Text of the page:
The Vorlon question “Who are you?” does not make an overt appearance but it is frankly central to the plot. You see, it's the question each of the characters has to answer along with the questions of the Cainist. The answers of Hari Michealson, Tan'elKoth, Pallas Ril, Hanno the Scythe and others to these questions are the axis on which the plot turns and that plot will determine the ultimate fate of Earth and Overworld. I'll throw in my own statement on these questions here (reviewers privilege folks, you can to toss out commentary even if no one asks you to). All of these questions are interlinked to the point that you cannot answer one without answering the others. They gotta answer these questions fast to because the powers that be of Earth have decided to stop playing around with Overworld. See, they've started slowly and covertly colonizing Overworld but slow and covert is just not hitting the spot. So they're going to make their colonization a necessity. They're going to release the plague that almost ended life on Earth on Overworld. A modified version of rabies that dehydrates it's victim and drives them into homicidal paranoia. It's highly infectious and when enough people have it... Their society literally tears itself apart. Hari and Shanna along with others on Overworld and Earth race to stop this biological doomsday from coming to past while all around them dark but all to human forces conspire to not only stop them but utterly destroy them and everyone they love. Especially their daughter Faith. At the risk of slight spoiler here, while everyone in the story has to answer who they are, what do they want and what will they do to get it... The person's whose answer turns out to be most important isn't Hari, or Pallas Ril but a figure that has been sitting in the background of both this and the last story. I won't say who but I will say I found his answers to be the most... Human.
Another argument that takes place in this book is what does it mean to be human? In a lot of fantasy works the bad guys signal their badness by rejecting their humanity. Declaring themselves above it and better then humanity. In this book the bad guys declare themselves the most human people of all and put themselves forwards as in some ways literal avatar's of humanity. Mr. Stover's talent is on full display here because I can't decide if he agrees with this argument or if it's just something the bad guys are advancing to give them intellectual cover for their sheer disregard of life itself. I am going to state my own firm disagreement that the bad guys represent human nature in it's complete state. Oh I'll grant they represent parts of human nature, the need for control, the disregard of the price other people have to pay for our actions, the selfish unending hunger that flat out doesn't care about anything but sating it's desires. I didn't need Mr. Stover's books to point that part of human nature to me. In the Marines a friend of mine nicknamed that part of us “The Monkey,” it's the part of you that encourages you to take that last cookie even if your buddy hasn't had one yet, to fuck over that other guy at work for the promotion. The Monkey wants. That's what it does and from it comes greed, ambition, desire and a host of goods and ills. But the Monkey is not the whole of human nature, not even close. The willingness to take a hit for another person, to buy food for someone because they're hungry, to give to charity and bleed for a common goal is also a part of who are as much as the damn Monkey and that part is well represented in this book also. Repeatedly we'll see people sacrifice for their loves ones, for people they just met, for people they don't know and won't ever know. Hell we see it in the person of Hari Michealson, who would be the first people to tell us he's no hero and he gives no fuck about saving people he don't know. I would argue it's the clash between our selfless instincts and our selfish instincts that what it means to be human comes out. How we answer the questions after all is as important as what our answers are sometimes.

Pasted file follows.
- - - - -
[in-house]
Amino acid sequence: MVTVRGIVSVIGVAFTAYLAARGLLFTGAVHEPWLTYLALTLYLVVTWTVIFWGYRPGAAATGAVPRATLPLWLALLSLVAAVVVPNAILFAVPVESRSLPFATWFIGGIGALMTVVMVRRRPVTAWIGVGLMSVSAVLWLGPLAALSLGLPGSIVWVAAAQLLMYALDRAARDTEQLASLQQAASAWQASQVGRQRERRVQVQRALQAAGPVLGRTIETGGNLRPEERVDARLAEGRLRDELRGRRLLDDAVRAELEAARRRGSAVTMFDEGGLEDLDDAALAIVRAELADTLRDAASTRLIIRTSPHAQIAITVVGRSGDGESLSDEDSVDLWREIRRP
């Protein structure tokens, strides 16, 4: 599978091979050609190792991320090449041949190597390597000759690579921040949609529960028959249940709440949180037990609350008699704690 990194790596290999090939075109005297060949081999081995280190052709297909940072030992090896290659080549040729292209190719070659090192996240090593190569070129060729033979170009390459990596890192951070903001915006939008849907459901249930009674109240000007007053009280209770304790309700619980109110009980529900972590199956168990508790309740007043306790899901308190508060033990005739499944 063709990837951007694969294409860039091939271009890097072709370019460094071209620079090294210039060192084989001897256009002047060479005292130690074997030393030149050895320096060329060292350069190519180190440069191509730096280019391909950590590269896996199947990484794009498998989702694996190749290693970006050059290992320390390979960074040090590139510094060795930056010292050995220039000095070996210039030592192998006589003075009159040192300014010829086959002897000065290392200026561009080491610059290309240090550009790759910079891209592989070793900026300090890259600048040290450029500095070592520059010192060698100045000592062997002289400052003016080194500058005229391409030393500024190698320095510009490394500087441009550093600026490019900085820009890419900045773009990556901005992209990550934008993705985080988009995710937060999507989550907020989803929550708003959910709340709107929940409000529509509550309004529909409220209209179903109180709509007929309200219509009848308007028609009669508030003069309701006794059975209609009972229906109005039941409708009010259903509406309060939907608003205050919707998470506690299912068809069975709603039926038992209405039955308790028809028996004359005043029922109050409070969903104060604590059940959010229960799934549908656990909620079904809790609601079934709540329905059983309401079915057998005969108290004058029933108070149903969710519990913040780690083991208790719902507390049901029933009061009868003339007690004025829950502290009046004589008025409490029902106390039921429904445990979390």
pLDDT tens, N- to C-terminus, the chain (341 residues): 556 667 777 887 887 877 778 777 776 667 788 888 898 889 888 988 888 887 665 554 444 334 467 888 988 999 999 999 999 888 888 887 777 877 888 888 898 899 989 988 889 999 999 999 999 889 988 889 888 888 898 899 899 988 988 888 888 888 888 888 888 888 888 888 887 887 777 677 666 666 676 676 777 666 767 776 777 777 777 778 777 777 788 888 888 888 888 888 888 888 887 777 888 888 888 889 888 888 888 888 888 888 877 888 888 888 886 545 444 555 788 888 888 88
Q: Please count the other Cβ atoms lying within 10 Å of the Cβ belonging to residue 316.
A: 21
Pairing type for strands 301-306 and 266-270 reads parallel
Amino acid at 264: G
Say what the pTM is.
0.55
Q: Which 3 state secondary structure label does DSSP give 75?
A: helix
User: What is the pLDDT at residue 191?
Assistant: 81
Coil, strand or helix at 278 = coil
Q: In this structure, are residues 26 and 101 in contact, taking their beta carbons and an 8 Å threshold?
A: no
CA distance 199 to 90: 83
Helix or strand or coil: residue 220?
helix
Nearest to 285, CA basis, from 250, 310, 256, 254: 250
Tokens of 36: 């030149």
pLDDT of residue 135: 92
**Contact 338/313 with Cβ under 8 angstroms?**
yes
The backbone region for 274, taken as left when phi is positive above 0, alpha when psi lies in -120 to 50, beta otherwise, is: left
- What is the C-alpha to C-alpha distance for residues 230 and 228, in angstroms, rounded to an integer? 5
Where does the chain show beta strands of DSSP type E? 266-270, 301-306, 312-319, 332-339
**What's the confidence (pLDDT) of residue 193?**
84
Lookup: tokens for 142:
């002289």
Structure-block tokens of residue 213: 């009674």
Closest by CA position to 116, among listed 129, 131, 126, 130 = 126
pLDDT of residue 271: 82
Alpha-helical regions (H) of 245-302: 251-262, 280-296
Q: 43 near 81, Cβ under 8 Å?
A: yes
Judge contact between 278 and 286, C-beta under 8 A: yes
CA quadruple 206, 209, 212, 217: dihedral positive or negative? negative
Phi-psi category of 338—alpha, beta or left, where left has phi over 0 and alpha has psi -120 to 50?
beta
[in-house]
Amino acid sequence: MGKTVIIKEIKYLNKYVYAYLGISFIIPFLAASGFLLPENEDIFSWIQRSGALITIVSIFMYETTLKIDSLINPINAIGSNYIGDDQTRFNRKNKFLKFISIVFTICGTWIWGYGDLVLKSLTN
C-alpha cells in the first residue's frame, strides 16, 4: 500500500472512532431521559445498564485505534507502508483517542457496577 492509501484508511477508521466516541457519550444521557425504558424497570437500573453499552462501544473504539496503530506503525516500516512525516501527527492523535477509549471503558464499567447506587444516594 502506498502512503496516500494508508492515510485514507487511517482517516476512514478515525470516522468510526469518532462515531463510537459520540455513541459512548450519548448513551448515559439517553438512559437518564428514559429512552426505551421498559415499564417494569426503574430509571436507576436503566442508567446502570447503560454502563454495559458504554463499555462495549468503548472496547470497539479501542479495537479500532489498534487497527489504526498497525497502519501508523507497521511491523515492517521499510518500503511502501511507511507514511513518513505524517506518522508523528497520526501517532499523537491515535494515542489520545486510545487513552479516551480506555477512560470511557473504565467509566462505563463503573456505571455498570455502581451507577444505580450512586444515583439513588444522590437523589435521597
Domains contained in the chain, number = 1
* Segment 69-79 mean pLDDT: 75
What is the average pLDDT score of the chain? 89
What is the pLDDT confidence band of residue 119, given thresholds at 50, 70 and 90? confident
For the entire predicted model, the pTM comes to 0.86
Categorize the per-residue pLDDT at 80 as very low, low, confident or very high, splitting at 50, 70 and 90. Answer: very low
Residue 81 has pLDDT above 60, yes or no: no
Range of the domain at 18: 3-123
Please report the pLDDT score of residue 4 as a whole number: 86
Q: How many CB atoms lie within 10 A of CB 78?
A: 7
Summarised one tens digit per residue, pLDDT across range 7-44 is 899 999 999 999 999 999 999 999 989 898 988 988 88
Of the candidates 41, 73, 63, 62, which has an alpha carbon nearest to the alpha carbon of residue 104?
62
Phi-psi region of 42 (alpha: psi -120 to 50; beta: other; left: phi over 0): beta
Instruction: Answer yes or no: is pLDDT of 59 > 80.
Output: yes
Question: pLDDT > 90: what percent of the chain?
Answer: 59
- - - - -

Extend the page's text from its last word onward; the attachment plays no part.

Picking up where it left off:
At this point I've likely made the book sound like some moody meditation on dusty philosophical and boring. Well this book is a lot of things but it isn't boring. We got fights, be it duels between men, between gods or between gods and men. We also got combat on larger scales and dying by the truck load. We even got us a bit of an old fashion war here. Our characters may be struggling to answering bone deep questions of identity and desire but they're testing and refining their answers by breaking bones and shedding blood. We also got plots and intrigue, as wheels within wheels turn to trap and save our characters and the whole plot can twist on a single friendship or conversation. You'll see battle between technology and magic, divine and man, brawn and brain. In short this book is 800 pages but thankfully none of them are wasted and unlike some Stover doesn't just keep repeating himself (you know who you are! YOU KNOW!). I will note for the record one thing that Stover did that offended me, I'm prepared to forgive but I ain't letting it pass without comment. Mr. Stover... Your jumped up secret police wanna be riot cops ain't combat troops and if your upper Caste knuckleheads think they are... Then they got the military sense of peacock on crack and they damn lucky there are no competing societies on Earth. With real combat troops. Who would love to to brawl it out with Soapie.
My outraged sense of dignity for front line troops aside, I really enjoyed Mr. Stover's book even when I was violently disagreeing with it. That's take a lot of talent and work and I think Mr. Stover deserves praise and recognition for that. So because it earned it, I'm giving Blade of Tyshalle an A. Matthew Stover is batting a thousand so far and let's hope it stays that way. Still... Man... That was dark and dense and is the kind of book that sits like a lump turkey in your gut. I'm gonna need something... Lighter next.